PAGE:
This article was originally published by Mennonite World Review

Bible: Eyes open to wonders

Acts 3:11-21 picks up after a miraculous occurrence: Peter and John pass a beggar, lame from birth, as they go to the temple to pray. He asks them for money, and “Peter looked intently at him, as did John” (3:4). Then Peter tells him, in the name of Jesus Christ of Nazareth, to get up, and walk. Not only does he walk, he leaps, praising God that he has been healed. It’s a joyous scene.

Meghan Florian

In verse 11, he clings to Peter and John as a shocked crowd gathers. Peter addresses them: Why do you wonder, why do you stare? This man has been healed in the name of Jesus, the “Holy and Righteous One” (3:14), the “Author of Life” (3:15), whom God raised from the dead after the people sentenced him to death.

God fulfilled God’s promises despite the ignorance of citizens and rulers alike.

In their actions and words the apostles mimic Jesus’ work, thus witnessing to the truths they proclaim about him, calling the people to repent and turn to God. Jesus has ascended to heaven, but he will return, and Peter invites the people to be ready this time.

Where has our ignorance caused us to miss God’s presence? How often do we look in shocked awe at miracles we had previously failed to see?

Peter’s words continue to resonate as a call to look intently at God’s people, to believe that God, in Jesus, invites us to build a better world, to participate in God’s healing work, testifying to the resurrection, the “universal restoration” (3:21) God promises.

Throughout Acts, the work of the early church continues to unfold. In 13:1-12, prophets and teachers gather — Barnabas, Simeon, Lucius, Manaen and Saul, who we’ll come to know better as Paul. Saul/Paul’s identity is shifting. His new beliefs lead to new work, in new places, even a new name.

As they gather to worship and fast, the Holy Spirit speaks to them, naming Saul and Barnabas, setting them apart for specific tasks. God has different plans for them. And so, after continuing their fasting together, the group prays and lays hands on Saul and Barnabas, sending them on God’s behalf.

We practice something like this in my own church. When people move on to another place, to other work, we say their going is our sending, that they carry us with them. They carry the fragile love and peace of Christ we’ve sought to embody.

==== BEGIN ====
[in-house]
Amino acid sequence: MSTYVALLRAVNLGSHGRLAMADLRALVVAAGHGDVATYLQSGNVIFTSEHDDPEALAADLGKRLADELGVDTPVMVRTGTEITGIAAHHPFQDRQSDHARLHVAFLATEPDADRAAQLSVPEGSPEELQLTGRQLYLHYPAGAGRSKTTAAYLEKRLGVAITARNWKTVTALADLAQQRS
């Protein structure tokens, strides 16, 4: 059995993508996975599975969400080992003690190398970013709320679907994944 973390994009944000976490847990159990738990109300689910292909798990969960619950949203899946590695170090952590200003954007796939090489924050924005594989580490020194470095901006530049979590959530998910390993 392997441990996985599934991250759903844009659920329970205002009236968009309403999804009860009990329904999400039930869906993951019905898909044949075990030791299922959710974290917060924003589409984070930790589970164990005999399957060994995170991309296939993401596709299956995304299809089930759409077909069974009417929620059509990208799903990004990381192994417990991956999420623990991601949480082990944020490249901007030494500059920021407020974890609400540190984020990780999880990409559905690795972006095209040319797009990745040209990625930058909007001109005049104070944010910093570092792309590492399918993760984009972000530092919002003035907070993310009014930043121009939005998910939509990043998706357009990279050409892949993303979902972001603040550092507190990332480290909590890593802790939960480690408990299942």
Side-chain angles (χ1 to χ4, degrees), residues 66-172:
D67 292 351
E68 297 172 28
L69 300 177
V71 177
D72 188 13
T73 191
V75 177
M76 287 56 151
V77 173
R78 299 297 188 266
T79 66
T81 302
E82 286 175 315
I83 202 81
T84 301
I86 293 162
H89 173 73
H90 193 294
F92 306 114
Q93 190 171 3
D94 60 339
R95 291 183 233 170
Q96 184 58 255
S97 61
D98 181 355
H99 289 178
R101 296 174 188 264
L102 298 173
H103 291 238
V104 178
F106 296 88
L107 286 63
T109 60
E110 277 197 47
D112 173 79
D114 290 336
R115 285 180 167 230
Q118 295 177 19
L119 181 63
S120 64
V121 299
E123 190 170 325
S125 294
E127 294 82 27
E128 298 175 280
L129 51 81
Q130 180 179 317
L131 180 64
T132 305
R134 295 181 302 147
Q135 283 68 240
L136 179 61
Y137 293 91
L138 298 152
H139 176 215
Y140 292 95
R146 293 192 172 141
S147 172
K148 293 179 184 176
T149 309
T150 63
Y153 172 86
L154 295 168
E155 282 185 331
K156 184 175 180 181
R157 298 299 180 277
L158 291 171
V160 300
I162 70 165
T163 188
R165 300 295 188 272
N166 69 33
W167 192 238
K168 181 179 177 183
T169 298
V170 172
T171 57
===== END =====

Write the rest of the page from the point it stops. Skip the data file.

Saul and Barnabas respond to God’s call. They begin teaching in synagogues, going from place to place by land and by sea. A man called Sergius Paulus, a proconsul, asks to hear the word of God. But he is accompanied by a false prophet, Elymas, who attempts to thwart Saul and Barnabas. Saul asks Elymas, “Will you not stop making crooked the straight paths of the Lord?” (13:10).

What unfolds is fantastical, God shrouding Elymas in mist and darkness. Whether read metaphorically, literarily or otherwise, the image isn’t subtle. Elymas is groping about in the darkness, in need of someone to lead him. God’s sign here, through Saul and Barnabas, is not for the sake of believers but for unbelievers. The proconsul sees what has happened and believes.

The text invites us to ask how our own actions can illuminate God’s truth, inviting people into the community of faith. Like Saul, Barnabas and the rest, we are called in different ways, in different places, to shine light through darkness, to show others the way, along paths both crooked and straight.

Meghan Florian, of Durham, N.C., teaches writing at William Peace University. She is a member of Chapel Hill Mennonite Fellowship.

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